Cooking with Hemp Seeds

August 14, 2020
cooking with hemp
cooking with hemp

Have you considered adding hulled hemp flower seeds, hemp seed protein powder, hemp seed oil, or even using hemp flour in your cooking?

Cooking with Hemp is Safe

In December 2018, the FDA finished its analysis of three normally acknowledged as safe (GRAS) notices for the complying with hemp seed-derived food ingredients: hulled hemp seed, hemp seed protein powder, and hemp seed oil.

These GRAS notifications connected just to the use of these ingredients in human food.


Hemp seeds are the seeds of the Cannabis sativa plant. The hemp seed-derived components that are the subject of these GRAS notifications include only trace quantities of THC and CBD, which the seeds might pick up throughout harvesting and handling when they are in contact with various other parts of the plant.

The GRAS conclusions can apply to ingredients for human food marketed by various other firms, if they are manufactured in such a way that is consistent with the notices and also they fulfill the listed specifications. Several of the intended usages for these active ingredients include adding them as resource of healthy protein, carbohydrates, oil, and various other nutrients to drinks (juices, smoothies, healthy protein beverages, plant-based options to milk items), soups, dips, spreads, sauces, dressings, plant-based alternatives to meat items, desserts, baked goods, grains, snacks and also nutrition bars.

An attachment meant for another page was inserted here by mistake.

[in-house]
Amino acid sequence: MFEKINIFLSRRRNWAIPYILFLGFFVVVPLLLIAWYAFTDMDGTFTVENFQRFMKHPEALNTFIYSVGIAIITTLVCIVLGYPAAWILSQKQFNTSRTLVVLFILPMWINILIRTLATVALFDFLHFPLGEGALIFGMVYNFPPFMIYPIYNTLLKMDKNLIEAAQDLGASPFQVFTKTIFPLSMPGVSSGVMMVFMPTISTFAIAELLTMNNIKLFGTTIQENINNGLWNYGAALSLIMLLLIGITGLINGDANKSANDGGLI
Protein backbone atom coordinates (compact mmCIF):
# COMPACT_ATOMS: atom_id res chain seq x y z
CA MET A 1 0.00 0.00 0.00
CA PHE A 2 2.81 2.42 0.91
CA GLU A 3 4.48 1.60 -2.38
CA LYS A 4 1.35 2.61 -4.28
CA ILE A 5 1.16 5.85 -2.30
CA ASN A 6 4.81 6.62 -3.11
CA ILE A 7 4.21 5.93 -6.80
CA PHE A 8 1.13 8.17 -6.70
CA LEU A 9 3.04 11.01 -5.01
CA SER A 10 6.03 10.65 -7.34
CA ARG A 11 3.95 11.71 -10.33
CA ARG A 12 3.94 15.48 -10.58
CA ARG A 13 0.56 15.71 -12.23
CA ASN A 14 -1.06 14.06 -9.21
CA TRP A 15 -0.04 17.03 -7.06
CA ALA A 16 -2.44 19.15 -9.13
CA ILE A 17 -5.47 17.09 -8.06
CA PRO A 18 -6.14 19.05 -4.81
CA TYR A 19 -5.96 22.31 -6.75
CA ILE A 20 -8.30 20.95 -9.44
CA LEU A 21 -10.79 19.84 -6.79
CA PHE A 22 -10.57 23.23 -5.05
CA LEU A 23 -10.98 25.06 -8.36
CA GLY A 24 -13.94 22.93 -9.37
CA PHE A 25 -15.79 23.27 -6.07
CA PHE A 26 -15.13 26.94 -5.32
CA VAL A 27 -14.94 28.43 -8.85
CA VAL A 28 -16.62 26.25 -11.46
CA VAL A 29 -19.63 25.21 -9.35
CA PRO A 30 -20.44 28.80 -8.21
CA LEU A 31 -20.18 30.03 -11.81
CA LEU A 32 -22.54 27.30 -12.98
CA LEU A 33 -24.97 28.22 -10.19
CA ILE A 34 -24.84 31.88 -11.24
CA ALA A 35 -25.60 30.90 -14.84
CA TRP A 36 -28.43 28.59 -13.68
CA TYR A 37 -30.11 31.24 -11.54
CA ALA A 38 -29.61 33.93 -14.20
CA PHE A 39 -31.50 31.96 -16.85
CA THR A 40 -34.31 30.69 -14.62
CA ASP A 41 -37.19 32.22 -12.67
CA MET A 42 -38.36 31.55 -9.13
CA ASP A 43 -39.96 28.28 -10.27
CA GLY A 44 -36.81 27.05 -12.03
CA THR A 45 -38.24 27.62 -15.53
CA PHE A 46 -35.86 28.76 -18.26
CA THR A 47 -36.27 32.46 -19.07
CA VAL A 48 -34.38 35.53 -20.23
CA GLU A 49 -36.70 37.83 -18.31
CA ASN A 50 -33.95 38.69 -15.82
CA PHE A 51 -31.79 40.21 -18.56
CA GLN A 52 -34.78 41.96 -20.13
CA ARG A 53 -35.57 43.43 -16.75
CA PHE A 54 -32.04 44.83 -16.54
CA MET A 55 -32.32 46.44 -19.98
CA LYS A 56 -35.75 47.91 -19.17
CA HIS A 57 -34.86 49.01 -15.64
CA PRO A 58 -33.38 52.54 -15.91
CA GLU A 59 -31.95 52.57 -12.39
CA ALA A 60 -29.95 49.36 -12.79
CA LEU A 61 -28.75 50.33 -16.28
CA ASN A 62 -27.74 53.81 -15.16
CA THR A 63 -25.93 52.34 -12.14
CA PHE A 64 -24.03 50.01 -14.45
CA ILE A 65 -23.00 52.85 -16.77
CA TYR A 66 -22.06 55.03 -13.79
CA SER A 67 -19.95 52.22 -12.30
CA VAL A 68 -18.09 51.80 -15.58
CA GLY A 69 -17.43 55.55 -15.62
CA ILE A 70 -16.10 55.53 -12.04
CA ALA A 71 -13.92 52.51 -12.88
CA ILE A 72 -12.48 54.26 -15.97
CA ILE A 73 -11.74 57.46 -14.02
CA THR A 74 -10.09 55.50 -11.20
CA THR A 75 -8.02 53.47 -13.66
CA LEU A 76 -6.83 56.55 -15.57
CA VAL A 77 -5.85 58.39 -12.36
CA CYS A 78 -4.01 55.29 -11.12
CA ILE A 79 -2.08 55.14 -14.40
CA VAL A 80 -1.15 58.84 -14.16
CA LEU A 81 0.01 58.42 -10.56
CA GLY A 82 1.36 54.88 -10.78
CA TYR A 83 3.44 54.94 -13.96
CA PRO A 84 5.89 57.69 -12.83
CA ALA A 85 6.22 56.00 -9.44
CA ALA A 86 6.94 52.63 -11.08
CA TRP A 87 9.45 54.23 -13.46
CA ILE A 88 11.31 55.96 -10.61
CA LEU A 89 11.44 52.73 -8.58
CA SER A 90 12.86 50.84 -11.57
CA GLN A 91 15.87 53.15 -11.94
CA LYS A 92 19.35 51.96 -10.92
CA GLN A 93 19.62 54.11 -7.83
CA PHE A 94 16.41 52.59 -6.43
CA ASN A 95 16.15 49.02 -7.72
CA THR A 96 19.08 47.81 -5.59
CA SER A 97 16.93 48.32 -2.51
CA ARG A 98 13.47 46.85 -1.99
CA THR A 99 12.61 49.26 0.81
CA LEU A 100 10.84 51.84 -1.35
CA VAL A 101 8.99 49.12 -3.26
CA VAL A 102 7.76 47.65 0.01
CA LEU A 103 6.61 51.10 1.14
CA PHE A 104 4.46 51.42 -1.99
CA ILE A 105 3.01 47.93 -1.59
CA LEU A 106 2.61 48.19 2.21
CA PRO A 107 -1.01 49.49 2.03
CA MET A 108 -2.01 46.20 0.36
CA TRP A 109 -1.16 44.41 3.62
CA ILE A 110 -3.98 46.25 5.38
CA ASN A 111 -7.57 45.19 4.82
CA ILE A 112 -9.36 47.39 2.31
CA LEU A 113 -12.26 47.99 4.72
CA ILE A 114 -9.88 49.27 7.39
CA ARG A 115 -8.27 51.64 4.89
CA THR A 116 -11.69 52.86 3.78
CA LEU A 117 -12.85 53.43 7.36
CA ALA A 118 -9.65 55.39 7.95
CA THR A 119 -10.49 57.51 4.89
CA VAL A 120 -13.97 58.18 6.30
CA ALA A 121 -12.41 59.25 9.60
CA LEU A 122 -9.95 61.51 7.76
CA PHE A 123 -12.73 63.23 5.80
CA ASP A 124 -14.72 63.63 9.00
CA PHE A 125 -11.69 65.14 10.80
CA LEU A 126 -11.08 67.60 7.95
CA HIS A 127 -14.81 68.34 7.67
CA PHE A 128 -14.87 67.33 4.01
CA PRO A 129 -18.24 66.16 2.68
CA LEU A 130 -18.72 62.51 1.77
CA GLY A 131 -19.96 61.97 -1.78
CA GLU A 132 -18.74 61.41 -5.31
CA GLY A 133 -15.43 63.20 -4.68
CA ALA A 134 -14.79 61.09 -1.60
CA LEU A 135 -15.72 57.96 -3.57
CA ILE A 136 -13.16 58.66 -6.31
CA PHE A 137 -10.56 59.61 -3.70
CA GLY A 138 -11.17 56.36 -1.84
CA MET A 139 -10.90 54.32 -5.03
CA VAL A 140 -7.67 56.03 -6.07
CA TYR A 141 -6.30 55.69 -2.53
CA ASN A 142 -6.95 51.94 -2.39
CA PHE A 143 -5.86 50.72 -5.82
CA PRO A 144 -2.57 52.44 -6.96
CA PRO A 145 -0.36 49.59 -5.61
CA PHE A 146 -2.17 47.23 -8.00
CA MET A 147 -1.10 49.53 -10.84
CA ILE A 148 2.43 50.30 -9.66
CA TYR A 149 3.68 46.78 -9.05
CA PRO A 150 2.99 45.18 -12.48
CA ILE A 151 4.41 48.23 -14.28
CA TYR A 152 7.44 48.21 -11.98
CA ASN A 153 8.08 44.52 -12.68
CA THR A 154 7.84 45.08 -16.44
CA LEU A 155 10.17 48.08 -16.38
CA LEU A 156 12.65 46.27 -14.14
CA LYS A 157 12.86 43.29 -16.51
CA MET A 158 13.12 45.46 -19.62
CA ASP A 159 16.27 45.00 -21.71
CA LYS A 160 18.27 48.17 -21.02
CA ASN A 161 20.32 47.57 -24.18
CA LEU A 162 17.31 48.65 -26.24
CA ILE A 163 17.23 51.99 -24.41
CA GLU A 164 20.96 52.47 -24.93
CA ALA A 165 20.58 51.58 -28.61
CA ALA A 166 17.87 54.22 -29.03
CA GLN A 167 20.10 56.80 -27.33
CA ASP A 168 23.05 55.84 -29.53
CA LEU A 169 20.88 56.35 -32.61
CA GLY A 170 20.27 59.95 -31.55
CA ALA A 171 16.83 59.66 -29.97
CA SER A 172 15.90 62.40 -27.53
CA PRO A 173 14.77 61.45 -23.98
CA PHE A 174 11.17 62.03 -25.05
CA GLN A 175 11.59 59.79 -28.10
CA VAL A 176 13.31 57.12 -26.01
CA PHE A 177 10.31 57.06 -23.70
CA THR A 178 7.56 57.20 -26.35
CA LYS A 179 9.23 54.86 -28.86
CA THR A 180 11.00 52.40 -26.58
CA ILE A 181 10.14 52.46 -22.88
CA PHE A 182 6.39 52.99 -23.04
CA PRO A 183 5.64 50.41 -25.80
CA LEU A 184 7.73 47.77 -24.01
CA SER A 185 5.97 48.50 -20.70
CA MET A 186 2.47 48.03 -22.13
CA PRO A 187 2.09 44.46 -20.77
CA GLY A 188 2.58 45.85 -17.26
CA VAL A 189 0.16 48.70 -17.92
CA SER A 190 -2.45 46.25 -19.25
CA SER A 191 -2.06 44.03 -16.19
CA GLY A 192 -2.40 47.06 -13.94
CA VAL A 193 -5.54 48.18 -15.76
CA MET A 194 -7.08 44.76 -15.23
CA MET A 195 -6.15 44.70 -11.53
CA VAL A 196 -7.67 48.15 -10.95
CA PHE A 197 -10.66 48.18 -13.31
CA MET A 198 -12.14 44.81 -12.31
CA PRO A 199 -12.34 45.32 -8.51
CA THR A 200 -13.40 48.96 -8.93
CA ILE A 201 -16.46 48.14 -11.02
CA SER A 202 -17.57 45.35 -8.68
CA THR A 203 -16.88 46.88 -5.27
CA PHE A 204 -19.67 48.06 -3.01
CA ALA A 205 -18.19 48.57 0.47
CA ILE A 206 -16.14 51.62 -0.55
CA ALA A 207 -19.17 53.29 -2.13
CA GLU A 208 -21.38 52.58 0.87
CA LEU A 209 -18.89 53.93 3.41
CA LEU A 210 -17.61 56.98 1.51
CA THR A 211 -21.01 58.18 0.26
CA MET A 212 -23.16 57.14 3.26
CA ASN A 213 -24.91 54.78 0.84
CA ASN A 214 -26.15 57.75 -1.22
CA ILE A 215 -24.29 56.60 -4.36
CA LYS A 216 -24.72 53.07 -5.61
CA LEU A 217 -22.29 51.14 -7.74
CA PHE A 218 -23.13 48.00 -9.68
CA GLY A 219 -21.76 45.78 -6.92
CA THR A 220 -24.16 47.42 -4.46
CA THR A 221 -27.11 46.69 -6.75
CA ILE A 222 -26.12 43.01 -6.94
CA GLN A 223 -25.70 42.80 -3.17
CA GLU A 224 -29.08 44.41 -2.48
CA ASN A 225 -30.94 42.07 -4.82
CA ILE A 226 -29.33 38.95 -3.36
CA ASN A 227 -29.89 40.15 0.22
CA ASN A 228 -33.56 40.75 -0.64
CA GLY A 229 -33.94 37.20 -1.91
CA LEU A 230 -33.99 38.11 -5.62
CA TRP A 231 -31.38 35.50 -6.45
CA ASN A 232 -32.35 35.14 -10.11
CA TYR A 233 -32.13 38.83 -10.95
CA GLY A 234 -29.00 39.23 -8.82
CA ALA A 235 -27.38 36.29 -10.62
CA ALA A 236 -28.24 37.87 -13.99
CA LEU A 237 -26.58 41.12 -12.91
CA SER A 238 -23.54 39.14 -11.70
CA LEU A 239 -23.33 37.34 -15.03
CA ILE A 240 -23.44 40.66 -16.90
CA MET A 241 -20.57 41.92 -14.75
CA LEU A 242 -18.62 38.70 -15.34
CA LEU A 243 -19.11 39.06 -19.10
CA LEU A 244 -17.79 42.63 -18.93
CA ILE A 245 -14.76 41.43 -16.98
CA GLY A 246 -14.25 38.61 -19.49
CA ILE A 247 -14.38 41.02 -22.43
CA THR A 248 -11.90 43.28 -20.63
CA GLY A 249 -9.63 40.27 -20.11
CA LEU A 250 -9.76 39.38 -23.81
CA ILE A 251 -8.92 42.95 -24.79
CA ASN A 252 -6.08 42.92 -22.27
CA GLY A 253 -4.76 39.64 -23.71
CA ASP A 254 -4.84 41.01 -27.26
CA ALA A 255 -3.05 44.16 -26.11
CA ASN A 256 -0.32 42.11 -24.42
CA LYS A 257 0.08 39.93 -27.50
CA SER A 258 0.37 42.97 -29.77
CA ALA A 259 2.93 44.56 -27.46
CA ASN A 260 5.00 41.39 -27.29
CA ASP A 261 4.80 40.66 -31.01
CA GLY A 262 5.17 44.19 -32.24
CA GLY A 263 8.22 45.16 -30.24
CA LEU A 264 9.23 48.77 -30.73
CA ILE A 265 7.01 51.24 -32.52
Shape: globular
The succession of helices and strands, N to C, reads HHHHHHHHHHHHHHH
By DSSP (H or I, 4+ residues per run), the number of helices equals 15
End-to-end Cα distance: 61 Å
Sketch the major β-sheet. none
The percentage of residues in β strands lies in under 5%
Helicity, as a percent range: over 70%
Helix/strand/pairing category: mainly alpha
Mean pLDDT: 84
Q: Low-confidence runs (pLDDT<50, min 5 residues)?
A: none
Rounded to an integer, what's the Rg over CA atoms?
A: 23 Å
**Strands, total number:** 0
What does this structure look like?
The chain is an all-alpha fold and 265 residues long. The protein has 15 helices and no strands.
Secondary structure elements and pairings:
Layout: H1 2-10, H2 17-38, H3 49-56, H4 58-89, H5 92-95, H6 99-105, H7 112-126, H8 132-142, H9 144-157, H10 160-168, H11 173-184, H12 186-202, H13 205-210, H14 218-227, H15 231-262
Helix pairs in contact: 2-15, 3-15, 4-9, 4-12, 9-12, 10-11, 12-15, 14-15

Products that contain any one of these hemp seed-derived components must declare them by name on the ingredient list.

Why You Should Add Hemp to your Cooking


So now that you know you can, that it’s safe, the question is SHOULD you? Yes, yes you should.

  • They’re a big source of protein, which is especially beneficial to vegetarians and vegans.
  • Hemp has a nutty flavor, but there are no nuts in it, so it’s good for those with nut allergies.
  • They contain the same omega-3 fats as fish, but it’s vegan.
  • They contain the 9 essential amino acids
  • They can be pulverized and used as a paste for vegan cooking and creams and healthy purees.
  • They can be crushed and used in place of coconut milk or soy for those with milk allergies, while still having that thicker, softer texture of real milk.